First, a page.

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The gauges on my boat had yellow and red zones, as well as numbers. You want to know the max reading? Go look when the engines are at their highest load. Having the max reading well after the fact doesn't do you much good if you are quickly headed to a clogged filter underway. Also, my engines were set up to run with a little more vacuum since the fuel tanks were molded into the bottom of the hull, so there was about 3 feet of lift. 1 foot of lift equals .89"hg. So the yellow/red really didn't mean a lot other than a quick visual.

One of my important specs when selecting the boat was high ease of access to the engines and generator, my being big and clumsy. A full size door in each ER (the Hatteras has split ERs) opened and the filters an gauges were right there by the door. The generator was in a separate utility room under the galley, and a quick opening of the hatch gave a quick look at that.
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Old 10-23-2014, 03:18 PM   #32
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I have had both types, remote and on the filter. My only objection to the T handle gauges are that to get an accurate reading the engines have to be ginnin' up to a pretty good rpm when you look at it. In my case that meant crawling forward in the engine room with a screaming Detroit Diesel on each side of me. I didn't like doing that so I took them off an sold them.

Now I have remote gauges mounted in the salon and a wife that keeps an eye on them as we travel. I also have two filters per engine so I can switch on the run.
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Old 10-23-2014, 03:25 PM   #33
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I have had both types, remote and on the filter. My only objection to the T handle gauges are that to get an accurate reading the engines have to be ginnin' up to a pretty good rpm when you look at it. .................
Obviously you didn't have the type that holds the highest reading since being reset. I can open the hatch with the engine off and see how high the vacuum has gotten since I pushed the reset button months ago. No need to be near a running engine.
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Old 10-23-2014, 04:02 PM   #34
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No need to be near a running engine.
Until it stops running due to a suddenly rapidly clogging filter....
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Old 10-23-2014, 05:26 PM   #35
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Until it stops running due to a suddenly rapidly clogging filter....
I don't think you understand what I posted. Run the boat, at WOT if you want, then shut down the engine and check the indicator. You will see the maximum restriction and can then decide if the filter needs to be changed.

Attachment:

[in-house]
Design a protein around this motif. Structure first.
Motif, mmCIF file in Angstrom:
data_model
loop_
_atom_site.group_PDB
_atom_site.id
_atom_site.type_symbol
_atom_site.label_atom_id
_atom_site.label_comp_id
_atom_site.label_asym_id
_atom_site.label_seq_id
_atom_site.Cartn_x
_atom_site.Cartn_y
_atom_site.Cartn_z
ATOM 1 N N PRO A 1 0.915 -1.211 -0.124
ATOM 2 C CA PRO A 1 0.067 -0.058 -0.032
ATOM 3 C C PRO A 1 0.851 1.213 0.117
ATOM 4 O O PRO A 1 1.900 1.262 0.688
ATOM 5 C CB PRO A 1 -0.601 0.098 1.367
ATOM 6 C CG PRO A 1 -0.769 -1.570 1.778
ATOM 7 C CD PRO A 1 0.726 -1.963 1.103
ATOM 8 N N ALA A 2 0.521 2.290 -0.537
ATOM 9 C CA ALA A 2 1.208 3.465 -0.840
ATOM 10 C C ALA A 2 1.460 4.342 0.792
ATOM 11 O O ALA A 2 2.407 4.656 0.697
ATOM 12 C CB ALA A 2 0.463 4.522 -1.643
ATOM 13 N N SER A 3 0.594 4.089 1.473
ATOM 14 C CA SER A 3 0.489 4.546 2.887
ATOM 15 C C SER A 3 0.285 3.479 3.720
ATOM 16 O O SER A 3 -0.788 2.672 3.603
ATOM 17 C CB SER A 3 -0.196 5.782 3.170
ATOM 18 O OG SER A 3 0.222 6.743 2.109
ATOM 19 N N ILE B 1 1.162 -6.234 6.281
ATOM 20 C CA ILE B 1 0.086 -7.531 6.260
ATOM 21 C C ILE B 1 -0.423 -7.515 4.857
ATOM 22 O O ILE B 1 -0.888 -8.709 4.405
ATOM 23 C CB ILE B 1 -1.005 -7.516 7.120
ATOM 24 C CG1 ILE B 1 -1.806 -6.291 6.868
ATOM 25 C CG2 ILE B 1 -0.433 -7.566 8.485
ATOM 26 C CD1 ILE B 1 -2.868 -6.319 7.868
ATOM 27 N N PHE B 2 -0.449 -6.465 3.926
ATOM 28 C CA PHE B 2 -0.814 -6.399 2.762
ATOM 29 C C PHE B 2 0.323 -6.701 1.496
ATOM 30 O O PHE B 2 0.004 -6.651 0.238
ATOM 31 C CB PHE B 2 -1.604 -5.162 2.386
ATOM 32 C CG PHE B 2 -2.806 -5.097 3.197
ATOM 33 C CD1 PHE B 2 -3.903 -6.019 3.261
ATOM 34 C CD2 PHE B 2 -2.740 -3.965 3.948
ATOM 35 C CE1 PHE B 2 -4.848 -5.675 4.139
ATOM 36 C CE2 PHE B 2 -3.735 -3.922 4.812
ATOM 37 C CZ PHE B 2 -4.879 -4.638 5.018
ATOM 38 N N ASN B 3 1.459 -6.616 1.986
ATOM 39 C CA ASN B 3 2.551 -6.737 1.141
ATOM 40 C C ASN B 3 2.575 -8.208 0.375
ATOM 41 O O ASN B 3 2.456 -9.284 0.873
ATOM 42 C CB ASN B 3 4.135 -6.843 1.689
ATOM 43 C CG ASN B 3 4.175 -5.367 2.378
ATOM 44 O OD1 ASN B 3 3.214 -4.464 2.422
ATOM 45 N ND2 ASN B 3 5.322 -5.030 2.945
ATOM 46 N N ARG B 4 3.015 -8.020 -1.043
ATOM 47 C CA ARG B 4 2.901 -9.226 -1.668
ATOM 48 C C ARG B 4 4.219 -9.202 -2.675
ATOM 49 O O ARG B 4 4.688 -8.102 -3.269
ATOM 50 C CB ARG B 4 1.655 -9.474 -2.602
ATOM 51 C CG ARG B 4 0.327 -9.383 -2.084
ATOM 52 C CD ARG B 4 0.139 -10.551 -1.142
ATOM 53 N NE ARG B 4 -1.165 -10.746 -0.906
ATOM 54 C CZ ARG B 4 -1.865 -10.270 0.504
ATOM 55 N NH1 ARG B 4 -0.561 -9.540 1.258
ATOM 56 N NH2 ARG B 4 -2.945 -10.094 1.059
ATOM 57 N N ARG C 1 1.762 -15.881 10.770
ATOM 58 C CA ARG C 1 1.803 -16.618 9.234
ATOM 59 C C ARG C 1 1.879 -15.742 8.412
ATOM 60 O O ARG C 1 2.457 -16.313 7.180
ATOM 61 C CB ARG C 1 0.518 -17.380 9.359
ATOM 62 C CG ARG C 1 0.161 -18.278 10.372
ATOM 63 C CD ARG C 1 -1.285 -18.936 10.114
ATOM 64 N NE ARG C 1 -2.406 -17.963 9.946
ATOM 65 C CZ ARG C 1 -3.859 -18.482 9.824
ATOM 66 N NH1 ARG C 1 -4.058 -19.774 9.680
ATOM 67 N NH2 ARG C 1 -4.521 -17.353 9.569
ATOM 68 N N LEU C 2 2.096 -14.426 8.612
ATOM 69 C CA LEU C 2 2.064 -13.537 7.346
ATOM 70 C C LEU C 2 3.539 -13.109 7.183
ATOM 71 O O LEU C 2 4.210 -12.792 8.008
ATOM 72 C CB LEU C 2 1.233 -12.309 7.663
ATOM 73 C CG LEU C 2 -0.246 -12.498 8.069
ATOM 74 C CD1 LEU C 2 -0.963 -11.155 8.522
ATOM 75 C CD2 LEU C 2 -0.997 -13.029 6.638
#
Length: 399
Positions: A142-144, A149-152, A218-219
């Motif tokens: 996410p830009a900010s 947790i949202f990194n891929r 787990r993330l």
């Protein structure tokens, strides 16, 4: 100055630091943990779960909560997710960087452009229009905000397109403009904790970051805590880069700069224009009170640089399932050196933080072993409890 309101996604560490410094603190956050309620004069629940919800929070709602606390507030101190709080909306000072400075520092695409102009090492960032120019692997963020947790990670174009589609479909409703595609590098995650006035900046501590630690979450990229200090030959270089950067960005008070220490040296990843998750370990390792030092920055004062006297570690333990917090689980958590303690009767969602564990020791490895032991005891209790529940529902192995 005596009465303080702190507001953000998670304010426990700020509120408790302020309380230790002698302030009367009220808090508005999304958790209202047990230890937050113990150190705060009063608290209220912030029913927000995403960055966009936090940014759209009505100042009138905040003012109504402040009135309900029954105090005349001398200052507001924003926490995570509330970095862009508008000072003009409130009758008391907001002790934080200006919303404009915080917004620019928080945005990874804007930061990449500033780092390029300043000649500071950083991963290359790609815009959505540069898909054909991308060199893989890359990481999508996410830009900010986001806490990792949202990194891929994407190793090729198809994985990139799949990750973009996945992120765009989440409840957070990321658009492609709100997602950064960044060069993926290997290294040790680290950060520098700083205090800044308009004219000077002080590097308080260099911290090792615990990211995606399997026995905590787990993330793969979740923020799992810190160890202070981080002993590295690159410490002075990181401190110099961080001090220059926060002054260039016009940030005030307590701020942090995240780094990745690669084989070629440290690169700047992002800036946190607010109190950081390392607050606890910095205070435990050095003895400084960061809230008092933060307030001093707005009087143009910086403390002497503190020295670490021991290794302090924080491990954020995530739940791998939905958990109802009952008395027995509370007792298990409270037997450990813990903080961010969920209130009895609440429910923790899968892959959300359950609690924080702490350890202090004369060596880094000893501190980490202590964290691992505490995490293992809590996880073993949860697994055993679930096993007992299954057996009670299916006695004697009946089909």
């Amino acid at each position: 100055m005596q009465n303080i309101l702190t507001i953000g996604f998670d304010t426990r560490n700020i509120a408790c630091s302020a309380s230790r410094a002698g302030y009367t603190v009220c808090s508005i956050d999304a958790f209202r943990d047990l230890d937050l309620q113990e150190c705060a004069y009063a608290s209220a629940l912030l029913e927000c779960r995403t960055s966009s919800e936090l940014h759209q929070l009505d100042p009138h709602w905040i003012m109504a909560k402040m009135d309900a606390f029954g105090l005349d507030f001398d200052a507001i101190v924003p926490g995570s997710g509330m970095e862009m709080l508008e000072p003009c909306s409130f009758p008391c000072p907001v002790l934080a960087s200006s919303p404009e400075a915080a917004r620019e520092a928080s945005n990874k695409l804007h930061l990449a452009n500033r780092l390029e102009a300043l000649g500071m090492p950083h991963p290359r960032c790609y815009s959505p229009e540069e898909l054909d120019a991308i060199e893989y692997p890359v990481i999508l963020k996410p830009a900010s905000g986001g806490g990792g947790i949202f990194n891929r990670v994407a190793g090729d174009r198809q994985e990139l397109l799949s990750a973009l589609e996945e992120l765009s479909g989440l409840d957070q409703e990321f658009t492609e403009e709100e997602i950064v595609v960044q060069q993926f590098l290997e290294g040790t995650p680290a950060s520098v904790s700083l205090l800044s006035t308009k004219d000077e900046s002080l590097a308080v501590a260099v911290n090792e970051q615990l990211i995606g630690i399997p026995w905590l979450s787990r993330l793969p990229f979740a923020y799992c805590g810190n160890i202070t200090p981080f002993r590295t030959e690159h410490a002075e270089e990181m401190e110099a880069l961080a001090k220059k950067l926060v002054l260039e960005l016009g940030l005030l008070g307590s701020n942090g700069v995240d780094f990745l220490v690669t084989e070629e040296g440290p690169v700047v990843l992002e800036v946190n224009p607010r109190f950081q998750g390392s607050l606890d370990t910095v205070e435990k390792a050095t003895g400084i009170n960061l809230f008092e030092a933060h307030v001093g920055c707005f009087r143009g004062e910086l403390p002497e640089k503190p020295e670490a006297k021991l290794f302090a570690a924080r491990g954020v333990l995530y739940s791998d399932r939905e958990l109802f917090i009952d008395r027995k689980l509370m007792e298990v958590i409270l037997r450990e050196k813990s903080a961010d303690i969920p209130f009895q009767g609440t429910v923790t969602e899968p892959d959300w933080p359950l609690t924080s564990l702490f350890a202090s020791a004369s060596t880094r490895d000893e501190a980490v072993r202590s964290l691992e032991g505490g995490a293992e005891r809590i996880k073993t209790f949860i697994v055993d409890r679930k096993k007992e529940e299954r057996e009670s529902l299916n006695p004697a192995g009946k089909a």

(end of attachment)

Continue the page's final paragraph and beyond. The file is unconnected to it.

No matter what system you have or don't have there's no guarantee against a sudden filter clogging due to a load of contaminated fuel or even some deposits breaking loose from the tank walls or bottom.

The system that came on my boat is nice in that there's a lever to switch between two filters so you can have an unused one in reserve.
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Old 10-23-2014, 05:55 PM   #36
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No matter what system you have or don't have there's no guarantee against a sudden filter clogging due to a load of contaminated fuel or even some deposits breaking loose from the tank walls or bottom.
... especially if you don't like to do regular ER checks while underway....or don't have remote mounted gauges....
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Old 10-24-2014, 06:30 AM   #37
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We simply installed the filters outside the ER.

No hazards crawling next to an operating engine ,to look at a dial, and easy and neat to throw the valve to operate off the second bank and change out the first filter .

I believe both fuel filters and batt sets do not belong inside the Engine Room.
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Old 10-24-2014, 08:11 AM   #38
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We simply installed the filters outside the ER.

No hazards crawling next to an operating engine ,to look at a dial, and easy and neat to throw the valve to operate off the second bank and change out the first filter .

I believe both fuel filters and batt sets do not belong inside the Engine Room.
We all look at things from our own perspective. My boat is a bit small to have an "engine room" so everything is in the same space. What works for your boat won't work for mine.
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Old 10-24-2014, 10:22 AM   #39
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I believe both fuel filters and batt sets do not belong inside the Engine Room.
I'll bite, why not?
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Old 10-24-2014, 11:31 AM   #40
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I'll bite, why not?
Batteries because of the heat. Filters, I can't see much advantage. Unless they are in a space that is out of the engine room but isolated from the rest of the interior of the vessel.